Even before the pandemic, India faced a crisis in mental health. In December 2019, The Lancet Psychiatry, a renowned medical journal in the United Kingdom, published a study estimating that 197.3 million people face mental health issues in India alone. Of this, 45.7 million suffer from depressive disorders, and 44.9 million face anxiety-related issues. This study excluded neurological conditions such as epilepsy and dementia, as well as substance abuse disorders. Furthermore, it did not account for the mental health burden associated with suicide risk. Against this backdrop, 197.3 million is likely a gross underestimation of the number of people impacted by mental health concerns in pre-pandemic India. We do not have a reliable estimation of the current numbers, but one can only imagine the exponential increase since COVID-19 emerged.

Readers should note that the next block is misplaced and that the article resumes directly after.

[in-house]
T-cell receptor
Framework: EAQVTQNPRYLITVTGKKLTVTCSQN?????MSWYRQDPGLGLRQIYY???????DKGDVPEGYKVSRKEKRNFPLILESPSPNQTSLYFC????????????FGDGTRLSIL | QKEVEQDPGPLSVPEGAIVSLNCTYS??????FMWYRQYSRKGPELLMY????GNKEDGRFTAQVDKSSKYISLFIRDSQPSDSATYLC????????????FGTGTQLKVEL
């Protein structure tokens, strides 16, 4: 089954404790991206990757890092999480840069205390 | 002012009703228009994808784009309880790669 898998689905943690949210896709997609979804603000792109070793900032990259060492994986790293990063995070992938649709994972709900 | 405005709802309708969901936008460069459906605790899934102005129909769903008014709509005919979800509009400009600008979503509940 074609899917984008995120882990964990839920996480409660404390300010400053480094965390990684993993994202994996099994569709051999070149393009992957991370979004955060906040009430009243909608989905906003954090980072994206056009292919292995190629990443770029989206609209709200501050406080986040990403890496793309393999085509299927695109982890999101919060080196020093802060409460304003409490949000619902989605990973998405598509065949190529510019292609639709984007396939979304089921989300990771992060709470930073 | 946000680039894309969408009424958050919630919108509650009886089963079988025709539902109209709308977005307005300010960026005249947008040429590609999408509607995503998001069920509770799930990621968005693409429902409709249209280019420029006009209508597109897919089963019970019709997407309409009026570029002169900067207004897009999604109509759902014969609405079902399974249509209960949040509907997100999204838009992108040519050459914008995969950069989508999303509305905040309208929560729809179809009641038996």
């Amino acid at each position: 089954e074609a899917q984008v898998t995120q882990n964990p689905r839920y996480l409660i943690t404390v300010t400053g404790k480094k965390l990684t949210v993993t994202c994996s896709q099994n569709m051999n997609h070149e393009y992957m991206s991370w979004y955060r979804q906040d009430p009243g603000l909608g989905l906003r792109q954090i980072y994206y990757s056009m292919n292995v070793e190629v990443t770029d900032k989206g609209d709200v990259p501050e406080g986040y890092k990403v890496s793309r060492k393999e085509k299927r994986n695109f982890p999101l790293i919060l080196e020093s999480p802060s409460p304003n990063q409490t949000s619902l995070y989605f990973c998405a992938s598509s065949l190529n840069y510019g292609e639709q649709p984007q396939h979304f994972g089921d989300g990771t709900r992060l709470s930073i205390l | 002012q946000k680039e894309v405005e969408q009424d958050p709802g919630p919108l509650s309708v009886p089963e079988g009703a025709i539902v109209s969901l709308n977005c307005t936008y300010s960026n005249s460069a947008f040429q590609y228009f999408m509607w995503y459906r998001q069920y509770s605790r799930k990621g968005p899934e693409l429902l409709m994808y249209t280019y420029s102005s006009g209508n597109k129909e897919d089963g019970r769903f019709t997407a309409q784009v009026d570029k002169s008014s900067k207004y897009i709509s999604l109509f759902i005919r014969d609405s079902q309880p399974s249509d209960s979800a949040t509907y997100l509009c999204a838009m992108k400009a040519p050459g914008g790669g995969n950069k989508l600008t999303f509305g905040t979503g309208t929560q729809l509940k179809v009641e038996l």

Given this crisis, are we doing all that we can to help each other and help ourselves? The answer in short: probably not.
Stigma permeates the mental health arena in India. Admitting that we feel anxious or depressed is an immensely uncomfortable task for many of us.
In a survey my colleagues and I conducted among our urban, educated, middle-to-upper class network, 60% of our 215 respondents admitted that they face mental health challenges, but only 30% stated that they feel comfortable talking about their issues openly. In some of the qualitative responses we received, many admitted that shame and stigma were the primary reasons why they refused to discuss their mental wellbeing. While our respondents were of an economically privileged group, stigma does not distinguish itself along caste or class lines. People of all ages, genders, and socioeconomic circumstances experience the shame of admitting that they are in pain.